International Production : Trends, Theories, Effects
One of the most significant developments in the world economy since World War II has been the growth of activities of multinational companies. Many economies are dominated by multinationals and the British economy is a major example of such domination. With other countries moving in the same direction, the spread and scale of multinational activity gives rise to profound economic, social and political changes on a global scale. This growth results in considerable disquiet and unease in relation to the effect of such activities and to the overall power of multinational companies. This book systematically covers international production. In doing so it addresses the urgent problems of analyzing the scale and pattern of such activities as well as their causes and effects. Providing an analysis of trends in both the volume and type of activities, Grazia Ietto-Gillies has undertaken a survey of the theories of international production, also giving a full analysis of their effects.
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- Hardback | 280 pages
- 152 x 229 x 25.4mm | 544.31g
- 01 Jan 1993
- Polity Press
- Oxford, United Kingdom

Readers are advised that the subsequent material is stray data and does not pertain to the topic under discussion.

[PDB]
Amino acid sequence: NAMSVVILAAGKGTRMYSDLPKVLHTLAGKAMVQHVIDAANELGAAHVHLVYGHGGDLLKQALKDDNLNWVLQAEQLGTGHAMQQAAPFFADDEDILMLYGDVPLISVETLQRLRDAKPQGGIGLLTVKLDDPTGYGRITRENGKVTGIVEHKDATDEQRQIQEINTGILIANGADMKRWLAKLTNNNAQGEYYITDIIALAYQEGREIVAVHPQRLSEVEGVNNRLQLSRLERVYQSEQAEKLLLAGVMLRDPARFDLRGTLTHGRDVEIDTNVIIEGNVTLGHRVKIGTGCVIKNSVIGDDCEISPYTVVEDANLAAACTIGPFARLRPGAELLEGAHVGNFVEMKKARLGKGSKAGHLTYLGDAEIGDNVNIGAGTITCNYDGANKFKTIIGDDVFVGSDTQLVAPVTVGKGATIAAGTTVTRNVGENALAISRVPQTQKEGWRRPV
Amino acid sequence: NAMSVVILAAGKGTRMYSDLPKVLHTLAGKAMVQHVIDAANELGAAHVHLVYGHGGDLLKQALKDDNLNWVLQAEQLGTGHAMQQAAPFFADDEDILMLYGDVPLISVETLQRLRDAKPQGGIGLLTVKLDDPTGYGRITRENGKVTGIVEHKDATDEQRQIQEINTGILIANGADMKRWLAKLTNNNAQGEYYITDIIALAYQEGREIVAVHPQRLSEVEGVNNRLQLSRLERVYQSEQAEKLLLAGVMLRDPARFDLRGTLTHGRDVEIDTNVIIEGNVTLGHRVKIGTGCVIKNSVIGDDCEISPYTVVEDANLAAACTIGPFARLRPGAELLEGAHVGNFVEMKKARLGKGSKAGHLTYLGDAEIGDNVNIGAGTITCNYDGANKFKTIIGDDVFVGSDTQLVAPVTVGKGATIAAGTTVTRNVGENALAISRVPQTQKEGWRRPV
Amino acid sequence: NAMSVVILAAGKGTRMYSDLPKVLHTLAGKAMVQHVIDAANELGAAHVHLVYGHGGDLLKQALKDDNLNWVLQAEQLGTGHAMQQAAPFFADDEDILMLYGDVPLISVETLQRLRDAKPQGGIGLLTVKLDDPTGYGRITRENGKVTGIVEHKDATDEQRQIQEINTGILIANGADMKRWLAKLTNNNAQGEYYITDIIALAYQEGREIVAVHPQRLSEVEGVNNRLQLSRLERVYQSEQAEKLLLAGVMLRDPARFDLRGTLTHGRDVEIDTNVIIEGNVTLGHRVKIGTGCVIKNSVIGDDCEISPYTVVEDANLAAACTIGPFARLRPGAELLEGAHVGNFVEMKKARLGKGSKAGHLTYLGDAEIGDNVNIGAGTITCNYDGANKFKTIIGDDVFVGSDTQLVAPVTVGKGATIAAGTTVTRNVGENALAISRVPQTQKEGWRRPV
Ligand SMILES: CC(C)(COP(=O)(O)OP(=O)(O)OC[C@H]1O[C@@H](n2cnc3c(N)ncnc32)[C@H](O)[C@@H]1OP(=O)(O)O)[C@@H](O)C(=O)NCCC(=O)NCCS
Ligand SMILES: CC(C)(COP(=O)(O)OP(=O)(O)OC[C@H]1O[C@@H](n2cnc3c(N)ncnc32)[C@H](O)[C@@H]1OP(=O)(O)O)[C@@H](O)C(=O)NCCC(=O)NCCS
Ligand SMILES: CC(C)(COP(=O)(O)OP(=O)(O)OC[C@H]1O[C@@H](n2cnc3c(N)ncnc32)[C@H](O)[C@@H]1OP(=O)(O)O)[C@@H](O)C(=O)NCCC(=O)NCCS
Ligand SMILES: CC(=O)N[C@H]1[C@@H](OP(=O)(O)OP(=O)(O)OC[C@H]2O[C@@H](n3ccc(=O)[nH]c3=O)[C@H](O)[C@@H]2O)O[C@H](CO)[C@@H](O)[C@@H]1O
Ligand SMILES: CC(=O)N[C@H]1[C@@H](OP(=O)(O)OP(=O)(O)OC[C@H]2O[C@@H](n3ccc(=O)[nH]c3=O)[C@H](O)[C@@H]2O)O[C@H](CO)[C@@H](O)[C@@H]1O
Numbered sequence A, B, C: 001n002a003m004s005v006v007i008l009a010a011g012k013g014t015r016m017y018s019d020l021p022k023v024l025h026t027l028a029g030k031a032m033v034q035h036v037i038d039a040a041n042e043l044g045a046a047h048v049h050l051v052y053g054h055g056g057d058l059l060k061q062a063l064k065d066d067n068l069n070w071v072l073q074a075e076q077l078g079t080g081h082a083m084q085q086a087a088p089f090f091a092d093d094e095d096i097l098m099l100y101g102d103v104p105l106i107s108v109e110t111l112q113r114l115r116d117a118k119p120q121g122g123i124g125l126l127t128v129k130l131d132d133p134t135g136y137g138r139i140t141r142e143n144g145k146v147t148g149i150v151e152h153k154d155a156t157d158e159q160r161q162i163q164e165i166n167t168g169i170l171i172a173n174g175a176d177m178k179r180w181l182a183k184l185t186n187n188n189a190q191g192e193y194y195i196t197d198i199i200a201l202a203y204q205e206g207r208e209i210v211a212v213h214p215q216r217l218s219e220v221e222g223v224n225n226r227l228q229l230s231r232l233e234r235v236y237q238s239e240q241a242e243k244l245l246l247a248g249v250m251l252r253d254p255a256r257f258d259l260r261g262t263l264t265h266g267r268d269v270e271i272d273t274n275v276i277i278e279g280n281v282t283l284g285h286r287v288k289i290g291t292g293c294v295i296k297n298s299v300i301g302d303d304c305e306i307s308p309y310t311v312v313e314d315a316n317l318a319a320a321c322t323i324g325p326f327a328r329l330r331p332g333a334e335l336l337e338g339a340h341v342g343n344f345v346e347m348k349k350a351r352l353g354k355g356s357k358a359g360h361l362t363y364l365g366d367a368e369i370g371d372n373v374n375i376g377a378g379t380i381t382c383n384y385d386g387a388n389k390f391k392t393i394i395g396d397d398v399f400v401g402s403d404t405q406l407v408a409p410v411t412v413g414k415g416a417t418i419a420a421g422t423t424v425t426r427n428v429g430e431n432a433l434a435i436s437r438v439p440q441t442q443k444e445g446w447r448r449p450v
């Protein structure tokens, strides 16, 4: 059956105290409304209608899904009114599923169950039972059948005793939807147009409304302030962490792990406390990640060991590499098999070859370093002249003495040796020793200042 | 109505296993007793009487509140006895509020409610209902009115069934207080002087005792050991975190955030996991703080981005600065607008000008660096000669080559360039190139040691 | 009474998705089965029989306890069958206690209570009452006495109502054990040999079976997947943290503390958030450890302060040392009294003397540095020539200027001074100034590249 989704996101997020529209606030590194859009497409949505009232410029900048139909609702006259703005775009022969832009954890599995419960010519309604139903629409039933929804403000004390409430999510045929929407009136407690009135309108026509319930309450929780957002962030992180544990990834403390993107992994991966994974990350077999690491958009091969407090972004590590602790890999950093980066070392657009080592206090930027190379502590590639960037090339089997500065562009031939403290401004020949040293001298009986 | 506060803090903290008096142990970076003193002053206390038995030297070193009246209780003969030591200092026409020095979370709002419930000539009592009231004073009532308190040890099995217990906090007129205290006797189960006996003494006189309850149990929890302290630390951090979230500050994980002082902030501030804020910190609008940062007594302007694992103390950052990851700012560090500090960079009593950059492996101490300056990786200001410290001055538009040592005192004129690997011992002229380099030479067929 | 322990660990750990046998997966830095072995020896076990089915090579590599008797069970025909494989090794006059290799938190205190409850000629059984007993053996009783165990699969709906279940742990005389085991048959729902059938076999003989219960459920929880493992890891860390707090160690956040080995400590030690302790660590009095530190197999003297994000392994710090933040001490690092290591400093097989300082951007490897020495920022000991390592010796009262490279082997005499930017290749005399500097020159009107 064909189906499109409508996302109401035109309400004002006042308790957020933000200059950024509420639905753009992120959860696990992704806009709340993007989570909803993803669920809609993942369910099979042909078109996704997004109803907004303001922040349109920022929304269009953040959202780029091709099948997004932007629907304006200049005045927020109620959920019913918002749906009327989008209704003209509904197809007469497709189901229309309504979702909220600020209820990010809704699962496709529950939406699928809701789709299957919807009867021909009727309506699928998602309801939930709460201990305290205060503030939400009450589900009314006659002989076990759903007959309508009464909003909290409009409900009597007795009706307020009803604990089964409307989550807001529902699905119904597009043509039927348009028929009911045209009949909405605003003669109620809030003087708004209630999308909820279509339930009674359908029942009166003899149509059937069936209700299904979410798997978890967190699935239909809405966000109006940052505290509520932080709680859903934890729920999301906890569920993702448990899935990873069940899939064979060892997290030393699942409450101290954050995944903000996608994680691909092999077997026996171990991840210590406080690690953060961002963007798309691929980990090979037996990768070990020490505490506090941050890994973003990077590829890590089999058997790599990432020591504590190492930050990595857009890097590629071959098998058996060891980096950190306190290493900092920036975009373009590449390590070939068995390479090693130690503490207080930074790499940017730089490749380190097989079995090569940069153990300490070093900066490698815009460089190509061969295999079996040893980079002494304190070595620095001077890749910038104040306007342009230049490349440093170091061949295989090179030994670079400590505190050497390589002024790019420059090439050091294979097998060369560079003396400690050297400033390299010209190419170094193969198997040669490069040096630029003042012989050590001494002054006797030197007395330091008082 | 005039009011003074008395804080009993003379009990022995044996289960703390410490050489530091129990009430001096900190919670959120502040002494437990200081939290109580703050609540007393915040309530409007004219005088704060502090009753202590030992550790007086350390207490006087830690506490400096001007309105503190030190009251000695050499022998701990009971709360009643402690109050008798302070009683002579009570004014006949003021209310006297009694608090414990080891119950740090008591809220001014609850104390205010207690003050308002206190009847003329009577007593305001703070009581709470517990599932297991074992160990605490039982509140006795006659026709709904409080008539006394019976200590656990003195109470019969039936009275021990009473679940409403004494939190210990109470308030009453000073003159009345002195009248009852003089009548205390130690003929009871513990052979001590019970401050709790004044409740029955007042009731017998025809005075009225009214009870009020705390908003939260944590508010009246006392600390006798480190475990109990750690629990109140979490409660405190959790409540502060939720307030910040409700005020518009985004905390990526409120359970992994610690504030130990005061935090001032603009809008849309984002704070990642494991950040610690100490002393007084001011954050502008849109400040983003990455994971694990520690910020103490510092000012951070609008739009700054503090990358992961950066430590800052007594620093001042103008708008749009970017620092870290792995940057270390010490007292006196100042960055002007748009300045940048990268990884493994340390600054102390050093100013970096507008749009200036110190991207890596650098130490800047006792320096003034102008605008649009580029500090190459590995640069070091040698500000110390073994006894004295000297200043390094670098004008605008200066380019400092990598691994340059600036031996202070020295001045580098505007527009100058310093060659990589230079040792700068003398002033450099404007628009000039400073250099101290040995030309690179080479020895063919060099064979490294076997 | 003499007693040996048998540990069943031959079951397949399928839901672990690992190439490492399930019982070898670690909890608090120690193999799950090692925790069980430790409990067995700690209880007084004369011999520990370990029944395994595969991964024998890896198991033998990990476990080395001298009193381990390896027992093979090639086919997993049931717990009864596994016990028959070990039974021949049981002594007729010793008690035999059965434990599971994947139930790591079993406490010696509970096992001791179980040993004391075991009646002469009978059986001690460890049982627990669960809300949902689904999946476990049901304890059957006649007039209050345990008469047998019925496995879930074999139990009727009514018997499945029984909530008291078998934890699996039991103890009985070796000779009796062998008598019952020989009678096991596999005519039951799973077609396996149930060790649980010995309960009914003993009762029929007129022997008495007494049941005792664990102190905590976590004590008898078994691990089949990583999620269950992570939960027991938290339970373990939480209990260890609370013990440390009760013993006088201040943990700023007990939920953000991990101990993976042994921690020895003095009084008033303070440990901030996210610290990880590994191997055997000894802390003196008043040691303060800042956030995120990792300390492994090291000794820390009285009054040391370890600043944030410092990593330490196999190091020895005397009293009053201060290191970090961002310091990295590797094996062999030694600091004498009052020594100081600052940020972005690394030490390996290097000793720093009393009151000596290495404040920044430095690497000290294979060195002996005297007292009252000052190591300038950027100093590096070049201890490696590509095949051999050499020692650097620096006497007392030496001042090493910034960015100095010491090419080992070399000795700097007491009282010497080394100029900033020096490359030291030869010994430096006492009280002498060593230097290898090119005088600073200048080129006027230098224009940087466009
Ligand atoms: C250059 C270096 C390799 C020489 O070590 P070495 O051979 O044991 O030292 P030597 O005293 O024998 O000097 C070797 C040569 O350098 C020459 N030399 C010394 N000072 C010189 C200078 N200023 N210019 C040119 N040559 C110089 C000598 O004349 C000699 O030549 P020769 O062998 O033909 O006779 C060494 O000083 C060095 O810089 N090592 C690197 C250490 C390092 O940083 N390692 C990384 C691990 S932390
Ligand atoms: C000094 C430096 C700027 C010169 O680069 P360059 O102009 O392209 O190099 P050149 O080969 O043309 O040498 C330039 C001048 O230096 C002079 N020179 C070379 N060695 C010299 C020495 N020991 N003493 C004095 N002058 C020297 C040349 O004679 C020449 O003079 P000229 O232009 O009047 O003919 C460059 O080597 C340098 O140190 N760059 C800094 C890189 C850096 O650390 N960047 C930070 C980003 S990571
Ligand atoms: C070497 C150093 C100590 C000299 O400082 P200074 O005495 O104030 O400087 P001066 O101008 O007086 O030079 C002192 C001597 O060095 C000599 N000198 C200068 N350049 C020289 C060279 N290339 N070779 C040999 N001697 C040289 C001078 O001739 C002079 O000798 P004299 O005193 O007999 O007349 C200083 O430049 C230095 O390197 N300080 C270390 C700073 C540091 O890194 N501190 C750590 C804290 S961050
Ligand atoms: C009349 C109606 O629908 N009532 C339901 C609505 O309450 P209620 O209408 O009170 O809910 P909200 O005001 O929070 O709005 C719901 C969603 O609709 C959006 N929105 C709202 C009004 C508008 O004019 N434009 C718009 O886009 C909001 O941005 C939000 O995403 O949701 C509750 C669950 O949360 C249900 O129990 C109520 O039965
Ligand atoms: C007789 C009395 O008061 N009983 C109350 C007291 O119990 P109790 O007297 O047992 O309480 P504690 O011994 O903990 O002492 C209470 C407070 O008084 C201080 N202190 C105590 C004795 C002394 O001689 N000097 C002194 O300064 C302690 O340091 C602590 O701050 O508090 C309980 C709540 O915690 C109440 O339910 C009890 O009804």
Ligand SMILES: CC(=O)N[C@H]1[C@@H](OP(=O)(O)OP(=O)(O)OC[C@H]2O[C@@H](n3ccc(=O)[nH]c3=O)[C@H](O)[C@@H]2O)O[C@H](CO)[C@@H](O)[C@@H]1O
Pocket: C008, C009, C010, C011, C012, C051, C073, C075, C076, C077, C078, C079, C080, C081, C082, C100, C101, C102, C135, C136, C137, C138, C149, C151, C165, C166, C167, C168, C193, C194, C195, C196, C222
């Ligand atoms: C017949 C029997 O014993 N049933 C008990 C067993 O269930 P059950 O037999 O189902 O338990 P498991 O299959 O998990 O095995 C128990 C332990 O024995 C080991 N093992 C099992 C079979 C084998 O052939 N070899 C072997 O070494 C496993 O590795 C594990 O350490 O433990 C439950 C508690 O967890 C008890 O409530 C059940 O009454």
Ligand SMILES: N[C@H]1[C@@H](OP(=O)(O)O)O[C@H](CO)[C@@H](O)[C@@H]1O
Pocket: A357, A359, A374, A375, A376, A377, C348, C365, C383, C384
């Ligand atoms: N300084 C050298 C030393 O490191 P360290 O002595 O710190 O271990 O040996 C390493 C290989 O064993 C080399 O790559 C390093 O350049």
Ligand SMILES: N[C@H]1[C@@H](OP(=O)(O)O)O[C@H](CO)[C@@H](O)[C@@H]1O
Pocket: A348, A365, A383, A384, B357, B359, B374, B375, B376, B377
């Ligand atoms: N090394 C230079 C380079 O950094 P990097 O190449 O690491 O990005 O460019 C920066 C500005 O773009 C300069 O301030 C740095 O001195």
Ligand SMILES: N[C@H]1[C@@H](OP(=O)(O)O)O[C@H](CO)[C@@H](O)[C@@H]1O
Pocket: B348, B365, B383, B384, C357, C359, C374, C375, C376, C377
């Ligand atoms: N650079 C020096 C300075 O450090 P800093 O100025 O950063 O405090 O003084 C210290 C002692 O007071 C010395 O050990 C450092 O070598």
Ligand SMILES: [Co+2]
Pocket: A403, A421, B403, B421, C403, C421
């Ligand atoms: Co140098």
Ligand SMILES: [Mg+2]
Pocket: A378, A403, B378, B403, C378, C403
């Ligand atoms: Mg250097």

- 18 tables, index, bibliography
Table of contents
Part 1 Agents and trends: the internationalization process - agents and conditions; trends in internationalization. Part 2 Theories: Marxist approaches - classical writers on imperialism, the realization problem back in fashion, some recent Marxist approaches;the neo-classical paradigm - foreign investment within the neo-classical paradigm; prevalent theories - foreign direct investment and market imperfections - the Hymer and Kindleberger approach, the product life cycle and foreign direct investment, currency areas and foreign direct investment, Caves' approach, internalization as explanation for international production, Dunning's eclectic approach; strategic approaches - oligopolistic reactions as explanation for foreign direct investment, transnational corporations and strategies towards labour, transnational monopoly capitalism. Part 3 Effects: methodological issues; effects; multinational domination of national economies.